Think About It: A Clean Heart

Psalm 51:1-12

Have mercy on me, O God,
according to your steadfast love;
according to your abundant mercy
blot out my transgressions.
Wash me thoroughly from my iniquity,
and cleanse me from my sin!

For I know my transgressions,
and my sin is ever before me.
Against you, you only, have I sinned
and done what is evil in your sight,
so that you may be justified in your words
and blameless in your judgment.
Behold, I was brought forth in iniquity,
and in sin did my mother conceive me.
Behold, you delight in truth in the inward being,
and you teach me wisdom in the secret heart.

Purge me with hyssop, and I shall be clean;
wash me, and I shall be whiter than snow.
Let me hear joy and gladness;
let the bones that you have broken rejoice.
Hide your face from my sins,
and blot out all my iniquities.

Create in me a clean heart, O God,
and renew a right spirit within me.
Cast me not away from your presence,
and take not your Holy Spirit from me.
Restore to me the joy of your salvation,
and uphold me with a willing spirit.

Lately, I have been listening to Jon Foreman’s solo albums: Fall, Spring, Summer & Winter. For those of you unfamiliar with Mr. Foreman, you may know him better as the lead singer/songwriter for Switchfoot.

Initially, before I even listened to this song, I looked at it with interest. I had a strong feeling that it had to do with God cleansing ones self from sin. The title, “White As Snow,” seemed self-explanatory to me. I love this idea, as it is a constant process, and something that I pray is instilled in my own heart daily.

“White As Snow” is basically the Psalm 51 verses I quoted above. Take a quick read of the Psalm passage and then scroll down and read Foreman’s lyrics.

Have mercy on me, oh God
According to Your unfailing love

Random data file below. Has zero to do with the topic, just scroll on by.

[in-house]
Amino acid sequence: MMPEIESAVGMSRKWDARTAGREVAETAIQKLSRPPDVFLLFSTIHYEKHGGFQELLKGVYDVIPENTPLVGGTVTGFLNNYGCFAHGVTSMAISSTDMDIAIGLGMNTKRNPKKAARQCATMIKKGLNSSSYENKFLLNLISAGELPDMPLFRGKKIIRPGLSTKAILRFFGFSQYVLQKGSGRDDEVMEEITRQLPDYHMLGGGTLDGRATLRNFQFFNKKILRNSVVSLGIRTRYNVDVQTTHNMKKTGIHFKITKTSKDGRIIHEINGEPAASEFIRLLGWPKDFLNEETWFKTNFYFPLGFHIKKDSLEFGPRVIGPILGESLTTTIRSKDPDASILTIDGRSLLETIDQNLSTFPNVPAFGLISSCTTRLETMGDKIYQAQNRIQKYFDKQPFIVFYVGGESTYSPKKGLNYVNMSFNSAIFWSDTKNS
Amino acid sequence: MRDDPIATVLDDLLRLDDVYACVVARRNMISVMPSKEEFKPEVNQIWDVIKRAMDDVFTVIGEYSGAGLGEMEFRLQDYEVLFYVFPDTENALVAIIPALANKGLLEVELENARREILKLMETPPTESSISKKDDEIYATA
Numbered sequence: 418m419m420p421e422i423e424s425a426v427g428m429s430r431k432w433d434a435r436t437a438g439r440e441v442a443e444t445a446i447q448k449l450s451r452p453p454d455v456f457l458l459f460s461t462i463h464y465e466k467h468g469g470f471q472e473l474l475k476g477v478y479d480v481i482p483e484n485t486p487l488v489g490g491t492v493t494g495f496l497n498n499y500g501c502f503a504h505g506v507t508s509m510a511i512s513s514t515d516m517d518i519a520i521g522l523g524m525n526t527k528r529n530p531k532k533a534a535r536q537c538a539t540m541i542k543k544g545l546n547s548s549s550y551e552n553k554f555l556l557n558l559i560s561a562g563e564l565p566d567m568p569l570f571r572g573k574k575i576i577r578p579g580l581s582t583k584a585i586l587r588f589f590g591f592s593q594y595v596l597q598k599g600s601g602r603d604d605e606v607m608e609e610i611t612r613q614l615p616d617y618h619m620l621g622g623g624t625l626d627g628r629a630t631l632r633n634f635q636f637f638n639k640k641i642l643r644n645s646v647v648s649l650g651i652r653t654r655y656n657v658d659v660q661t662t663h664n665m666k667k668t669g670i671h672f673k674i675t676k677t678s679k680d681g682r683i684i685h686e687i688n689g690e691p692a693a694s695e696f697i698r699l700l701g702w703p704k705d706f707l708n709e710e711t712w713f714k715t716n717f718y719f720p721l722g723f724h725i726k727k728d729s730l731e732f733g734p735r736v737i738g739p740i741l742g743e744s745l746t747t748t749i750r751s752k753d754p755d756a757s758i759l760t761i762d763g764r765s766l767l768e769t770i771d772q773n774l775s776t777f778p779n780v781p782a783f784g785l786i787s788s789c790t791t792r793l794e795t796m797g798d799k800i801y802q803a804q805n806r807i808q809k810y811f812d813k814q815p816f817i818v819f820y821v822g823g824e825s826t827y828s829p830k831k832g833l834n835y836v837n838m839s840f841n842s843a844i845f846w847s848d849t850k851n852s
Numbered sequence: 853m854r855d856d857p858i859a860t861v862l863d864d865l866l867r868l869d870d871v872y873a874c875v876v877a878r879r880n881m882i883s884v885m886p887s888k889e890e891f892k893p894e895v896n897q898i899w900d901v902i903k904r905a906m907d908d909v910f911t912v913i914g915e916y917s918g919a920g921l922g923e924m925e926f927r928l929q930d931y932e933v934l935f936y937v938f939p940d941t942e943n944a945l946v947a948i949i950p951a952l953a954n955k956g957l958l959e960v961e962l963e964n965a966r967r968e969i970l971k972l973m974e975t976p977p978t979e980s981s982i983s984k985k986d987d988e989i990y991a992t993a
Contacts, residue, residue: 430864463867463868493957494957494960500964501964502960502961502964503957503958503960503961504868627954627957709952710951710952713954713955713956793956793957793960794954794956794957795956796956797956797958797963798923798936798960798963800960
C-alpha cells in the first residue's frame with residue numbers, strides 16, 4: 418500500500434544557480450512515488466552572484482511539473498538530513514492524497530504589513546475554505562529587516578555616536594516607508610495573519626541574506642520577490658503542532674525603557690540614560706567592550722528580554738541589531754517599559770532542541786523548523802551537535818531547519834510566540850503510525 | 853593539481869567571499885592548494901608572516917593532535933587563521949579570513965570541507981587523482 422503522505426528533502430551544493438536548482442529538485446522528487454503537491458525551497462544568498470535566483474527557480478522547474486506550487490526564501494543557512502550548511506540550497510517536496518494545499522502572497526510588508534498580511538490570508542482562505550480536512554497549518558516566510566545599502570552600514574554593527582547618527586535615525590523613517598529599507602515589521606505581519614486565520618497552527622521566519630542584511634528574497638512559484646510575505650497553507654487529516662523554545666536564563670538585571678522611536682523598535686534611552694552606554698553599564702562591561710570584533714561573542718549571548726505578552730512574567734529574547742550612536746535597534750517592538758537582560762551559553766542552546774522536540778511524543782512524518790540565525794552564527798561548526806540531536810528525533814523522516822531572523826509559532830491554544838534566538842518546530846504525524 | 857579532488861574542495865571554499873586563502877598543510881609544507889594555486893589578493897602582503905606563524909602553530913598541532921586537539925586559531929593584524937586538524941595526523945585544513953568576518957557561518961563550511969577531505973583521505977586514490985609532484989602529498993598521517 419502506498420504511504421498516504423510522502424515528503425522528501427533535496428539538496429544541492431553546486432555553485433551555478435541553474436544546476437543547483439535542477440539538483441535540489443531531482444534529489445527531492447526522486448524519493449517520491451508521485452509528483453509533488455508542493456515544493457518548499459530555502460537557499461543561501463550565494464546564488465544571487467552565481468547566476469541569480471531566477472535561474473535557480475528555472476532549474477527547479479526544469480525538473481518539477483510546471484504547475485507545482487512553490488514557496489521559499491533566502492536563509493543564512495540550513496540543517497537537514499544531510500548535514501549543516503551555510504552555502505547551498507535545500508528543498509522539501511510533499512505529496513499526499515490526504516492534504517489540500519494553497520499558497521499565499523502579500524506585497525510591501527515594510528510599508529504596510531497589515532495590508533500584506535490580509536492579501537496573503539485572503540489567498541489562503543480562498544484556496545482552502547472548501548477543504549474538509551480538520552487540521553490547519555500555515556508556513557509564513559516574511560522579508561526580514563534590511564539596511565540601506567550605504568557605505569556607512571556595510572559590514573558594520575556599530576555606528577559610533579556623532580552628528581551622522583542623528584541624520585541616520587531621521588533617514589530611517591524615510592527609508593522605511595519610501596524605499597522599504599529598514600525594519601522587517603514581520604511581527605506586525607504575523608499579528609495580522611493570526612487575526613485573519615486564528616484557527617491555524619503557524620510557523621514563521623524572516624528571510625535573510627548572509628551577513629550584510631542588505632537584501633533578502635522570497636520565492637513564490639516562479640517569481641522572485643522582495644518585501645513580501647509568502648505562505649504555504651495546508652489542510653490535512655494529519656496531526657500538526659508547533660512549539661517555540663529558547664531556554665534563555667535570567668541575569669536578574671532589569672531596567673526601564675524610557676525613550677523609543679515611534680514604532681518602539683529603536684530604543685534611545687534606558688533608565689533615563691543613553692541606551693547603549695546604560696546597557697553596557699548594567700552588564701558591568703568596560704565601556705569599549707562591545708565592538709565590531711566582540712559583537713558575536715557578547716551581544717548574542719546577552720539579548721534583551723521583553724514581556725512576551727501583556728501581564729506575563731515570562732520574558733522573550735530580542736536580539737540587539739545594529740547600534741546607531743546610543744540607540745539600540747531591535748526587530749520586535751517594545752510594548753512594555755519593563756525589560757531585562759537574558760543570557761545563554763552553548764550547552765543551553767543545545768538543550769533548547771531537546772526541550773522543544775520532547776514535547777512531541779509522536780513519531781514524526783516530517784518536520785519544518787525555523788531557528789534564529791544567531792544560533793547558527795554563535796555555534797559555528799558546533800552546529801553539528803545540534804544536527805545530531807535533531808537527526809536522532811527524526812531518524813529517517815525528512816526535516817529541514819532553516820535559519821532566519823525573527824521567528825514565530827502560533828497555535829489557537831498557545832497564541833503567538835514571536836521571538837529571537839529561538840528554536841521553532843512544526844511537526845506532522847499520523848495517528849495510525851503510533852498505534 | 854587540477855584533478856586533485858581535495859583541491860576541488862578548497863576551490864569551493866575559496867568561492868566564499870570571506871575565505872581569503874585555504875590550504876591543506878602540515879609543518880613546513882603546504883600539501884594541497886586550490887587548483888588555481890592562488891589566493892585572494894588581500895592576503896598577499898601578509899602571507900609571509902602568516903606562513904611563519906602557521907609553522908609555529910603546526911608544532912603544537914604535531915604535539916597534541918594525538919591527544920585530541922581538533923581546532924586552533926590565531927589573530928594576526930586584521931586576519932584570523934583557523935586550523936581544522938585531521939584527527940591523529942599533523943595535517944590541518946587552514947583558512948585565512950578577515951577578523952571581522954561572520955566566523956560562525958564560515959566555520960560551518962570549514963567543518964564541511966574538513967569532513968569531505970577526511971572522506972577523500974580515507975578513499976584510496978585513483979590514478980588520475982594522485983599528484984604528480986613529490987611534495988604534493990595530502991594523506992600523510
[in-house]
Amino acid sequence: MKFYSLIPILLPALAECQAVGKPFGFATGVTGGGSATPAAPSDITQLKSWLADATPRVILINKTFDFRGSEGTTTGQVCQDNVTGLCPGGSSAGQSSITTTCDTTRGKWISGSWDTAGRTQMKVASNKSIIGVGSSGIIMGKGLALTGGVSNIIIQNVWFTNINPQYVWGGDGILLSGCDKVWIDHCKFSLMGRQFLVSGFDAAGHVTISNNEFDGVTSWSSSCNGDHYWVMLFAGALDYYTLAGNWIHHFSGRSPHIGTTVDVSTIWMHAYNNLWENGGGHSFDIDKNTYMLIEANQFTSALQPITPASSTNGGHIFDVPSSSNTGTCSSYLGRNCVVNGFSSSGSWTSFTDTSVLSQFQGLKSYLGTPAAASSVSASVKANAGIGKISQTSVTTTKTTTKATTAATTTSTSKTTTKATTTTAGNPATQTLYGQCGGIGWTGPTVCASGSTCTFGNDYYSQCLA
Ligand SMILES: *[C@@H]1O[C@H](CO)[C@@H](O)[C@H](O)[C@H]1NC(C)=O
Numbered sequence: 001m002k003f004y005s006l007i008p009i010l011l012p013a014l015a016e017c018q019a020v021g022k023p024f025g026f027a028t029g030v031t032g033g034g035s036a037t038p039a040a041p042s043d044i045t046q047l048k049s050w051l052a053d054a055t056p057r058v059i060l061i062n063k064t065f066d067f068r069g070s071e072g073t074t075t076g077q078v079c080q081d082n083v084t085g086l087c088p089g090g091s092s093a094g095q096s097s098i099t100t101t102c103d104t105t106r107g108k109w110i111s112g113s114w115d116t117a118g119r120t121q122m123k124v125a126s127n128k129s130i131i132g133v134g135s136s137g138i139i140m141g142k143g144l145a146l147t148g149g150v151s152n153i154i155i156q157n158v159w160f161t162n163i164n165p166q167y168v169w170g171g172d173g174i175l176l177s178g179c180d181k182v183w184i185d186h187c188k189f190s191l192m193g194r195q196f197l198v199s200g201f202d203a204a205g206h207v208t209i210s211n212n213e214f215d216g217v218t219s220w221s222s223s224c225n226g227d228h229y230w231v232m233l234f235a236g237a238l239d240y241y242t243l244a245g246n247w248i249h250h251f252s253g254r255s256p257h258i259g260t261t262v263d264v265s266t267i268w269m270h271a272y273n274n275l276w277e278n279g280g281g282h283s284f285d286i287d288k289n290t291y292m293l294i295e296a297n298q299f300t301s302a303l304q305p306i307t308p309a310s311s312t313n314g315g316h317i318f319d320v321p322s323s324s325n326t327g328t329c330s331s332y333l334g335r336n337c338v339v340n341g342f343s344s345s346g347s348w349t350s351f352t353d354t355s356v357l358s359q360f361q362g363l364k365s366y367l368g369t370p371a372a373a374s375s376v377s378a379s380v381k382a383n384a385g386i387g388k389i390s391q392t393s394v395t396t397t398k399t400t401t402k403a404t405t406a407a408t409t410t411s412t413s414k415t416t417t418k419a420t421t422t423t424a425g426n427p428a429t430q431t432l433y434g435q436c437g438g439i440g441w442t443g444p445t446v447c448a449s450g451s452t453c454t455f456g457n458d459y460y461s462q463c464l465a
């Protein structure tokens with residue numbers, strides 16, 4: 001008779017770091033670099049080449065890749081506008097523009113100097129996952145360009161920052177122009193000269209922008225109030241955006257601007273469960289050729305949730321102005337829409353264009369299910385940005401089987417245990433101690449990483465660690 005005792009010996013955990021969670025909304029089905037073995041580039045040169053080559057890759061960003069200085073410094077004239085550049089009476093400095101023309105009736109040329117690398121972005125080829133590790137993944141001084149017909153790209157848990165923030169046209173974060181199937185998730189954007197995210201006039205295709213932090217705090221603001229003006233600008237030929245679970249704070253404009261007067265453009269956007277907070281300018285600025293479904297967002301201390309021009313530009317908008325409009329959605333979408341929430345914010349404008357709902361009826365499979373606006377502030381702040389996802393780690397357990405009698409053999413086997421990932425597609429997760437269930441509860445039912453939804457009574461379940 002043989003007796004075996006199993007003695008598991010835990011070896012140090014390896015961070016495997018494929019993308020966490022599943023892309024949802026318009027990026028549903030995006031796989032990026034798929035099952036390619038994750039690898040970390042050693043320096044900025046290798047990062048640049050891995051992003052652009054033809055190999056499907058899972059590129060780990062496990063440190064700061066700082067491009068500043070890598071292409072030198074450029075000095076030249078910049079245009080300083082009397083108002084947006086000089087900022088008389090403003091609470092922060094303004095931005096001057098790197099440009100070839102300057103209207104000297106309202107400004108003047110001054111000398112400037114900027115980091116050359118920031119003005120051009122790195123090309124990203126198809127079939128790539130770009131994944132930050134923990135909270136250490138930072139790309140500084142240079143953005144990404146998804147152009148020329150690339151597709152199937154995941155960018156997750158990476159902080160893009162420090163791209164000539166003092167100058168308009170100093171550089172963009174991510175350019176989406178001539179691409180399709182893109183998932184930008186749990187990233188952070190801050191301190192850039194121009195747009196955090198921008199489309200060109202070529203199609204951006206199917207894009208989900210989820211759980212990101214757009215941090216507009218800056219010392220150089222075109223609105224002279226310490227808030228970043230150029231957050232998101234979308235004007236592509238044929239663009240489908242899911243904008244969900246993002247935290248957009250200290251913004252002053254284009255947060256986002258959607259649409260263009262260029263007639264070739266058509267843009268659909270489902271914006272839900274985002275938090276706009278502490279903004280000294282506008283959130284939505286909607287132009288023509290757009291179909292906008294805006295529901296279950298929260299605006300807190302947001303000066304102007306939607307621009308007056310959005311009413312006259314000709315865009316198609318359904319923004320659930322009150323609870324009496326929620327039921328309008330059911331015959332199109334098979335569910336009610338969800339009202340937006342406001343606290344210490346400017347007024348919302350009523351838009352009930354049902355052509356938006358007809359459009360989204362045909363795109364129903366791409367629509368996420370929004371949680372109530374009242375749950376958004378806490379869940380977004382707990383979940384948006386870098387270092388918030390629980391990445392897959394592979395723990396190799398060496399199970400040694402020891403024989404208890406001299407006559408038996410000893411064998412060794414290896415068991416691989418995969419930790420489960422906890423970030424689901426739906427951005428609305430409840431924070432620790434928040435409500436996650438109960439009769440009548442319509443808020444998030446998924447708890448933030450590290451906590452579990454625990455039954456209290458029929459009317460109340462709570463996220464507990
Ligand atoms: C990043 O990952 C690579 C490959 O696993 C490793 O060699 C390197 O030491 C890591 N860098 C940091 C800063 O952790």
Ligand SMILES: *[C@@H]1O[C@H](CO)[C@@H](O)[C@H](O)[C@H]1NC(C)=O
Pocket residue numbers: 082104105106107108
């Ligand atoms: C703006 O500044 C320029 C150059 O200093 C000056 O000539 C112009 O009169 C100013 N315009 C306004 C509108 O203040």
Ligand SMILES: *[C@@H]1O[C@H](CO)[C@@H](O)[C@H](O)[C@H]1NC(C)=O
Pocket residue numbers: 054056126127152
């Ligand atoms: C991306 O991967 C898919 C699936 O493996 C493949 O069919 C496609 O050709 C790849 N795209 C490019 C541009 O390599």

According to Your great compassion
Blot out my transgressions

The sacrifices of our God are a broken and a contrite heart
Against You and You alone have I sinned

Wash me white as snow
And I will be made whole
Wash me white as snow
And I will be made whole

Would you create in me a clean heart, oh God
Restore in me the joy of Your salvation

For those of you who didn’t grow up going to a traditional Lutheran church, the Psalm 51 passage and the “White As Snow” lyrics probably don’t seem all that familiar. Let me enlighten you.

In the Lutheran church, or I should say, in the Lutheran church I grew up going to — Holy Cross Lutheran Church — there is a song/prayer that happens before communion. It’s called the offertory. It is there to prepare the hearts of the congregation both individually, as well as corporately, for the receiving of communion. It literally is verses 10-12.

Besides bringing back great memories of growing up in a very churched home, and those verses really soothing my heart, I realized something: this passage is one of the anthems of our faith as Christians.

Psalm 51 talks about God’s characteristics in very real terms. It seems like such a happy passage, because at the end we feel like God renews David’s heart and he is washed whiter than snow.

But read it again carefully. David fears God.

David knows that God is 100 percent just in condemning him and casting him away from His presence. He knows — without knowing it — that he needs Jesus. (Jesus hadn’t come to this earth to die for our sins yet). He needs Christ’s sacrifice to cover his own sins because he’s unable to present himself before God blameless, and “white as snow.”

Take some time these next few weeks to read over Psalm 51. Memorize it. Seriously. Memorizing scripture draws us nearer to God and strengthens our relationship with Him.

This passage is also the cry of our hearts, and knowing it beyond where it is in the Bible. Truly knowing it will help us to see our own sin, which will help us to be cleansed from all unrighteousness, and truly become white as snow.

Think about it.

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